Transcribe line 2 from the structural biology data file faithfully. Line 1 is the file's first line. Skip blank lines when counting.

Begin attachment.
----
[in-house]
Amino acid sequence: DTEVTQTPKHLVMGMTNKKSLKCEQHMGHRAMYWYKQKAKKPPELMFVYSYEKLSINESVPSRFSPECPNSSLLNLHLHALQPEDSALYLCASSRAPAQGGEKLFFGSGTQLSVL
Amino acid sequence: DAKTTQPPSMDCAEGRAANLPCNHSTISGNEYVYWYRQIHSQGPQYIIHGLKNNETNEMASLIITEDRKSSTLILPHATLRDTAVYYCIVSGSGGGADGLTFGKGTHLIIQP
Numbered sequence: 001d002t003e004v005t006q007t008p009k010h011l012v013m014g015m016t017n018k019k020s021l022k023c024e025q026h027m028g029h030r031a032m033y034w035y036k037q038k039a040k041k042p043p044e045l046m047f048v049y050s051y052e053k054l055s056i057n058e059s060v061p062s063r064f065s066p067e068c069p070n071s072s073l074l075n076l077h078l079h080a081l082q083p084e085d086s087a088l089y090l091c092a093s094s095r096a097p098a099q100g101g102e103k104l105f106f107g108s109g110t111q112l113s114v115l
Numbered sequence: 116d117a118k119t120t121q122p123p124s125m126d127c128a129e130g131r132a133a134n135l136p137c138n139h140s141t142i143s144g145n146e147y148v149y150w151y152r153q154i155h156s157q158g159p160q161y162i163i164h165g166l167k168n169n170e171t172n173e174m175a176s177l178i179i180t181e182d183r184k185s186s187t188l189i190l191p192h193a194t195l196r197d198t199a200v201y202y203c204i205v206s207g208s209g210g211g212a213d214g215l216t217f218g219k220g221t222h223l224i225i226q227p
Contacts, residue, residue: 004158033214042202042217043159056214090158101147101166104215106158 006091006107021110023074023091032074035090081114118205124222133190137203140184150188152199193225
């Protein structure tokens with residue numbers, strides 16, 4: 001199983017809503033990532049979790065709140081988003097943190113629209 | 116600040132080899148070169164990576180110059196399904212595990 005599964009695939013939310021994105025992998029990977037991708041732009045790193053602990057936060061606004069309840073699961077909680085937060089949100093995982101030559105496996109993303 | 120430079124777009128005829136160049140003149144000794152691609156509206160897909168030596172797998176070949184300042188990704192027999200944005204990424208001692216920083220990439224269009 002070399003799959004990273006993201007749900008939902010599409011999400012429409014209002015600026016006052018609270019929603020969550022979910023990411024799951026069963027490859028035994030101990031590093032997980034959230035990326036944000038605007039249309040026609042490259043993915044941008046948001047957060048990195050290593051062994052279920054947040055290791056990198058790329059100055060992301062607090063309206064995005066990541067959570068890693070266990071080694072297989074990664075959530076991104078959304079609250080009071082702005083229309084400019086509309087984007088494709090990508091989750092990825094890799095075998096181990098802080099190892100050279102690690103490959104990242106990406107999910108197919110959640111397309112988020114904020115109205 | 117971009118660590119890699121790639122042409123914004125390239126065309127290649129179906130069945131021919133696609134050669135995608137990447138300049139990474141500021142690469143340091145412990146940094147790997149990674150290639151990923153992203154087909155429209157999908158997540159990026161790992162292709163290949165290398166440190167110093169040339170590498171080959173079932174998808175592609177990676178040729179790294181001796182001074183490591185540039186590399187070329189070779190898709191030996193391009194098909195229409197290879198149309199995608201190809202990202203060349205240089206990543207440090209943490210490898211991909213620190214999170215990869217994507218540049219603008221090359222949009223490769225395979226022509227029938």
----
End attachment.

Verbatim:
Amino acid sequence: DTEVTQTPKHLVMGMTNKKSLKCEQHMGHRAMYWYKQKAKKPPELMFVYSYEKLSINESVPSRFSPECPNSSLLNLHLHALQPEDSALYLCASSRAPAQGGEKLFFGSGTQLSVL